OWe start with a funeral, as the Shelbys and the assorted Peaky staff – hello Jeremiah Jesus! – follow the coffin containing little Ruby’s body to the docks. They do it to the haunting strains of Sinéad O’Connor’s “In This Heart,” Brother Charles, and a single red rose leading the way to Charlie Strong’s Yard. Arthur, colder than a turkey in Siberia, is in no condition to read the words Tommy wrote to him. Tommy steps in instead.
“It was her favorite place in the whole world,” says the grieving father, suggesting instead that Ruby hasn’t seen the best Birmingham has to offer in her seven years on that deadly plane. “But for now we’re sending it,” Tommy said, visibly struggling, “wherever you go, hoping that if there’s a destination, it’s a job site like this…” Hopefully no, huh? Charlie brings Tommy a can of gas. He asks Jeremy to light the flame. Lizzie sprints into view. “No, you will not burn it! Not that we’re the type to criticize a culture’s traditions, but we’re not halfway through a lot of trailers this season. It seems a bit unnecessary.
There is no alarm clock. Instead, Tommy heads to Evadne Barwell’s wooded campsite, announces that he is “here in the name of the blue sapphire” – the jewel he believes is cursed and responsible for Ruby’s untimely death. He pulls out his machine gun and mows down a family of (probable) innocents. Not content with that, he takes the barrel of his gun to a (even more innocent) tree. Later, he drives to meet Esme and deliver gold to her. She has news for her estranged brother-in-law. “A lost daughter, a found son,” she says, telling Tommy he had a son he didn’t know he had, the product of a walk “under a hazel tree in 1914.” His name is Duke. He’s probably “The Gray Man,” but that’s all we’ll get this week.
Back home, Lizzie is furious with her husband for taking the life in their late daughter’s name. “I’m going to create a fund to research causes and remedies for consumption…”, exclaims Tommy, always looking for a practical solution to a problem. “Stop and close your fucking eyes…” Lizzie said. “I won’t stop!” Tommy breathes. That’s kind of the problem, isn’t it. Listen, Tommy, buddy, if you had spent less time taking your daughter on a day trip to Charlie Strong’s Yard and more resting and recuperating with your family, you wouldn’t be in this mess.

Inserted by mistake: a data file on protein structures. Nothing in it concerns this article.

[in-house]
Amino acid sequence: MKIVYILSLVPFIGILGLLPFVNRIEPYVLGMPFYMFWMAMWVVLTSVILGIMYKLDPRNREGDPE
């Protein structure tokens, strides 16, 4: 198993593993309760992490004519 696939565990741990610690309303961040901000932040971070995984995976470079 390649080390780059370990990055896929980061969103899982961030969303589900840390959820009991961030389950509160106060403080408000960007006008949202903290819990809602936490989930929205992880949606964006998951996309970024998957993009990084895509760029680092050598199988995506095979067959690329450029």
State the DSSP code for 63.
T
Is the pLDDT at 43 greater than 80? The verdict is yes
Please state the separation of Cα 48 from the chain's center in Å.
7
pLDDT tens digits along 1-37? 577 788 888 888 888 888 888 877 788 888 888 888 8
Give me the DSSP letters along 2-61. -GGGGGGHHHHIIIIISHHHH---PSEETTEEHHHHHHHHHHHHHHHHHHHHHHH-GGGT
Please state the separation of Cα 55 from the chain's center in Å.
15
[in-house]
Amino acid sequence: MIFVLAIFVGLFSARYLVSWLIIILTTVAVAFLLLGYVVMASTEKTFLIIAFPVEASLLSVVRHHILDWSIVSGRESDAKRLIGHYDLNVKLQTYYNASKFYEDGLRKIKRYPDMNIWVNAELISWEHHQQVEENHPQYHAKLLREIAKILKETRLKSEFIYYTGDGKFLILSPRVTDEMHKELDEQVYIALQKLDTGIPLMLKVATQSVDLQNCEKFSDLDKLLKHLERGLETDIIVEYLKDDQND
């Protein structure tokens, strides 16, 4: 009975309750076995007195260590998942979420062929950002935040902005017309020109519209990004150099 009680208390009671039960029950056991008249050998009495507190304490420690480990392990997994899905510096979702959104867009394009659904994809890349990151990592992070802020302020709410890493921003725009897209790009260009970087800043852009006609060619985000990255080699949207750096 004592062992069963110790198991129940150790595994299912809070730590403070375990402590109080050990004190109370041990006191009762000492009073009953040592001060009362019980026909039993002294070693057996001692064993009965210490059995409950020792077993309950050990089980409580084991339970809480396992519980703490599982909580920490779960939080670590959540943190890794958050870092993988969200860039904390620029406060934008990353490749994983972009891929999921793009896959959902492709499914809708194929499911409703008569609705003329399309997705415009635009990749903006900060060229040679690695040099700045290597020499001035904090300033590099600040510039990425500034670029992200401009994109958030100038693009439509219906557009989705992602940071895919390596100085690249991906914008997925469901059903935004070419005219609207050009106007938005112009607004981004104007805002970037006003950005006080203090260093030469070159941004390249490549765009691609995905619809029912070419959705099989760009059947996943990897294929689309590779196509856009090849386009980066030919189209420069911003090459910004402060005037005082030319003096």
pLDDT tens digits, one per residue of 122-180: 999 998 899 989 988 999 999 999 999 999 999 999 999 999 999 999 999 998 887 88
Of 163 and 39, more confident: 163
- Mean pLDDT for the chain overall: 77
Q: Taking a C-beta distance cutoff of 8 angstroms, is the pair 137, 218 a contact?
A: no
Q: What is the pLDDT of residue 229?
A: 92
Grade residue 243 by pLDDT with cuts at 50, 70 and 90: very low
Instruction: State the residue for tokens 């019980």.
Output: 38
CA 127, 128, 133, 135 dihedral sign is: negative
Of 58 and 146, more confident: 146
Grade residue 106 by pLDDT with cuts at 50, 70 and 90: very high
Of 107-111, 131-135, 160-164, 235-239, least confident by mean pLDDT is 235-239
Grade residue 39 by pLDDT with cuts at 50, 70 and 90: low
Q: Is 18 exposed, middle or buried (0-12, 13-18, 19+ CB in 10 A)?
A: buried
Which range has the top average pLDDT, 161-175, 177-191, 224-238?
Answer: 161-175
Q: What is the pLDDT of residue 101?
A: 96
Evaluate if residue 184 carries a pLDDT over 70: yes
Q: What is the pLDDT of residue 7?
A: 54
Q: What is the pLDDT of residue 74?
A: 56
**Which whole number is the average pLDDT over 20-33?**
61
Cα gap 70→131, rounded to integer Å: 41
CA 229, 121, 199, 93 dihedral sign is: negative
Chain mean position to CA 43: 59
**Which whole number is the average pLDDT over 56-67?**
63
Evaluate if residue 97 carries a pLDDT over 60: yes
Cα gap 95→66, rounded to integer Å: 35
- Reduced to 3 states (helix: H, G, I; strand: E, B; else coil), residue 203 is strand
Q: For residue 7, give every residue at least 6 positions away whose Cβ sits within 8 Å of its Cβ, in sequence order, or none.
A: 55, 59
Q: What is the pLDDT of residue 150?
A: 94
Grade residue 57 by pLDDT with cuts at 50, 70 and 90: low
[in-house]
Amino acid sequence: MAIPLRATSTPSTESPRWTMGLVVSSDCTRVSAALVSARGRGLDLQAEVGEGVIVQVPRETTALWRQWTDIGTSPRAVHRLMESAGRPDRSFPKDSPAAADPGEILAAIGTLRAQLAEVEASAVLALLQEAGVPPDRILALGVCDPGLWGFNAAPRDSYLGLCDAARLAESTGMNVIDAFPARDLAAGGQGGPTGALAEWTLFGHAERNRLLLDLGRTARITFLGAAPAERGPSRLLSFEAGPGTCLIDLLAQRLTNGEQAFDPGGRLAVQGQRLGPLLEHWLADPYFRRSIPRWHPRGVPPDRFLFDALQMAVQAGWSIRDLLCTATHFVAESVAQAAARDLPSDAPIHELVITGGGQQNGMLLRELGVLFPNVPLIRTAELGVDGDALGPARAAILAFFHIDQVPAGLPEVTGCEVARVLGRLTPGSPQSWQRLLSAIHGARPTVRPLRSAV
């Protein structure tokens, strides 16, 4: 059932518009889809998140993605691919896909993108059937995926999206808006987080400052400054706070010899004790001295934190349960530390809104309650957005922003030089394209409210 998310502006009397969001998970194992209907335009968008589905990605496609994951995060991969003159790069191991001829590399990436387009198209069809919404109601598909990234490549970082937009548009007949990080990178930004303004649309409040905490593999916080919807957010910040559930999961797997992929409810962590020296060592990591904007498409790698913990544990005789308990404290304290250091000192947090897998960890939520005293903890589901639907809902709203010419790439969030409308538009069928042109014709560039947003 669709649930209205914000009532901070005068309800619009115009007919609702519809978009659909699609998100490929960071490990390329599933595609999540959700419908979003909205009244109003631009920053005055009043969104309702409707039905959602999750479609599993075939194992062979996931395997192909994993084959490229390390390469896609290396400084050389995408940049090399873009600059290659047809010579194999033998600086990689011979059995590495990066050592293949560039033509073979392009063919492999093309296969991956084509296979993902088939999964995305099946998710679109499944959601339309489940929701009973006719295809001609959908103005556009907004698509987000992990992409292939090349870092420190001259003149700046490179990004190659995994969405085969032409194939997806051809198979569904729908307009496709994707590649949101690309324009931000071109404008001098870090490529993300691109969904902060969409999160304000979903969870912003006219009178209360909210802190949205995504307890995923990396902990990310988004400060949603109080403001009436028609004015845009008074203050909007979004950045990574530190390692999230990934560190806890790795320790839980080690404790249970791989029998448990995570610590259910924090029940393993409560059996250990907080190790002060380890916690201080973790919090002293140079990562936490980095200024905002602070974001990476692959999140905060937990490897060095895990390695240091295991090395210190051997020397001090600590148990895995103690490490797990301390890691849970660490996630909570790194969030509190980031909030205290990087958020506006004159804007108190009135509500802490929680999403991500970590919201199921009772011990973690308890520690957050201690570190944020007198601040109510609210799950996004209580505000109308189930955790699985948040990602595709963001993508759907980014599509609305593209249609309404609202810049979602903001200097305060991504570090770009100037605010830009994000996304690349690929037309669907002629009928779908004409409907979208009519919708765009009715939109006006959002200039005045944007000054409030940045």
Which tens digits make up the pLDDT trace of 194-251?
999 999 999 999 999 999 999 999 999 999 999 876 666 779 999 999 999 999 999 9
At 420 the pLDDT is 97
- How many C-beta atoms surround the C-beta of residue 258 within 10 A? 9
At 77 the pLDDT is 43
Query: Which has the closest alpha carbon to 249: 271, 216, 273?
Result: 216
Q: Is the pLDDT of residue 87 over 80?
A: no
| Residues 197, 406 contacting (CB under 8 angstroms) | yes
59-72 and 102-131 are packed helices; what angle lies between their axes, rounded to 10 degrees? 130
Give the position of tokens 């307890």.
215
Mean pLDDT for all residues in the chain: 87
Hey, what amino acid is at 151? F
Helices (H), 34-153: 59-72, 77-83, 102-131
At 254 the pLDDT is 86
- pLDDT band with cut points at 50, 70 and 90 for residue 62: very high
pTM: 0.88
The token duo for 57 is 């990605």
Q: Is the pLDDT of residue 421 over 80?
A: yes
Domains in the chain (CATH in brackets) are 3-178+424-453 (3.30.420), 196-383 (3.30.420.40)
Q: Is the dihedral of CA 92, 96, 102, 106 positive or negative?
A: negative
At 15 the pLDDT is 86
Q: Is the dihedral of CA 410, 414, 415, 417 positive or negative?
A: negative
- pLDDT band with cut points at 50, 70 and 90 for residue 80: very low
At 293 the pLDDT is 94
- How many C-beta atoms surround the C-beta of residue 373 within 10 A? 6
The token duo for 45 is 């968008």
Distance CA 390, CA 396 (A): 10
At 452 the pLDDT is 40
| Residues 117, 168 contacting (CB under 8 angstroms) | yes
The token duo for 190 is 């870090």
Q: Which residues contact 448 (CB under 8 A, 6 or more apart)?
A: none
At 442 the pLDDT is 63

And make no mistake, it’s a mess, possibly the biggest mess of a lifetime. In fact, Tommy finds himself in the midst of such raging chaos that he even has a drink during a touching scene with Arthur in the basement, breaking the abstinence he began in the wake of Polly’s death. . Well, it’s been that kind of day. Tommy’s situation is best summed up by the cursed dinner party he hosts with Captain Swing, Diana Mitford, Oswald Mosley, and Jack Nelson. Diana compares the reunited Axis of Evil to a similar meeting she attended in Berlin, attended by Göring and Himmler. “When breakfast was served on the terrace overlooking the mountains, she recalls, we were raising Jews and by eating our eggs, we were forcing them to eat grass…”
Captain Swing looks horrified, although she is persuaded to sing an Irish rebel song, in Mosley’s words, “to cheer us up”. Her song follows up with Lisa O’Neill’s stunning “Blackbird,” which then forms the soundtrack to a remarkable montage in which the reality of rampant British fascism is presented to Ada and the family doorstep. Back at the table, Tommy is invited to Sieg Heil (or “Perish Judah”) to prove his commitment to the cause that Swing, Mitford, Mosley, and Nelson believe they are up to together. Tommy raises his arm stiffly. We shouldn’t read too much into it. Tommy will do anything to achieve the “world-changing” master plan the outcome of which he knows. He may be a very bad man, “the devil” as Gina Gray puts it – who later ends up on a date with Mosley – but he’s no racist, our Tom.
The episode ends with a doctor’s visit revealing that Tommy is dying of tuberculosis. He is one year to 18 months old, specifies the doctor. He begs Polly to give him time to “finish what I have to do”. “Kill. Kill. Kill,” gasps Polly, from beyond the grave (which hopefully is a nicer place than Charlie Strong’s Yard).
- That’s all Tommy this week, since it is indeed an episode in which he takes the lead. “You’re going to change your ways,” he tells Arthur, during his final talk with his brother, “and I’m going to change the fucking world.”
- “I killed a woman and three men, and their bodies will be thrown on board the boat, like all the other bodies. But I’m getting off this boat and getting on another boat…” Maybe omit that verse from the ‘In Sympathy’ card, Tom.
- “The paint on the wood left a smell in the air, I didn’t open the window, I liked the smell…” Tommy, addicted to poetry in the dark, burns Ruby’s stool in the fire.